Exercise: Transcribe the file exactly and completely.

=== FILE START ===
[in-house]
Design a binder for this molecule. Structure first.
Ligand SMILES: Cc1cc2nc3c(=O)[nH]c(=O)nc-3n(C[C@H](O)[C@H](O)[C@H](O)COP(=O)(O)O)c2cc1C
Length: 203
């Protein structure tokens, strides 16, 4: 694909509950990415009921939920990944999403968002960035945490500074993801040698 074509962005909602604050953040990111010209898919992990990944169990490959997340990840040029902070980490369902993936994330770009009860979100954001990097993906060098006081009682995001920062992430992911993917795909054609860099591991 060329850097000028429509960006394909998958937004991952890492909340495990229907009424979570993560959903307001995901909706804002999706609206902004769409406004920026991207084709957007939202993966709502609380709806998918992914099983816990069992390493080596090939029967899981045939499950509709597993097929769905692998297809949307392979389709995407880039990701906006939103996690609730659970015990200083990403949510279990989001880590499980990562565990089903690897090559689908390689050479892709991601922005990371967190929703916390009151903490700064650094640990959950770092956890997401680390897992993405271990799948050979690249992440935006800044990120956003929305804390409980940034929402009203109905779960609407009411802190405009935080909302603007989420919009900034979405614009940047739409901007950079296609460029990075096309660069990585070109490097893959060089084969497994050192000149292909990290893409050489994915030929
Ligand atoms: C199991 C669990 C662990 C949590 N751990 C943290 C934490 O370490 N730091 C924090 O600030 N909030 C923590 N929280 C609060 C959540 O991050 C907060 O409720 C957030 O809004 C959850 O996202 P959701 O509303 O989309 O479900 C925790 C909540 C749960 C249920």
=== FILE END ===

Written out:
[in-house]
Design a binder for this molecule. Structure first.
Ligand SMILES: Cc1cc2nc3c(=O)[nH]c(=O)nc-3n(C[C@H](O)[C@H](O)[C@H](O)COP(=O)(O)O)c2cc1C
Length: 203
């Protein structure tokens, strides 16, 4: 694909509950990415009921939920990944999403968002960035945490500074993801040698 074509962005909602604050953040990111010209898919992990990944169990490959997340990840040029902070980490369902993936994330770009009860979100954001990097993906060098006081009682995001920062992430992911993917795909054609860099591991 060329850097000028429509960006394909998958937004991952890492909340495990229907009424979570993560959903307001995901909706804002999706609206902004769409406004920026991207084709957007939202993966709502609380709806998918992914099983816990069992390493080596090939029967899981045939499950509709597993097929769905692998297809949307392979389709995407880039990701906006939103996690609730659970015990200083990403949510279990989001880590499980990562565990089903690897090559689908390689050479892709991601922005990371967190929703916390009151903490700064650094640990959950770092956890997401680390897992993405271990799948050979690249992440935006800044990120956003929305804390409980940034929402009203109905779960609407009411802190405009935080909302603007989420919009900034979405614009940047739409901007950079296609460029990075096309660069990585070109490097893959060089084969497994050192000149292909990290893409050489994915030929
Ligand atoms: C199991 C669990 C662990 C949590 N751990 C943290 C934490 O370490 N730091 C924090 O600030 N909030 C923590 N929280 C609060 C959540 O991050 C907060 O409720 C957030 O809004 C959850 O996202 P959701 O509303 O989309 O479900 C925790 C909540 C749960 C249920």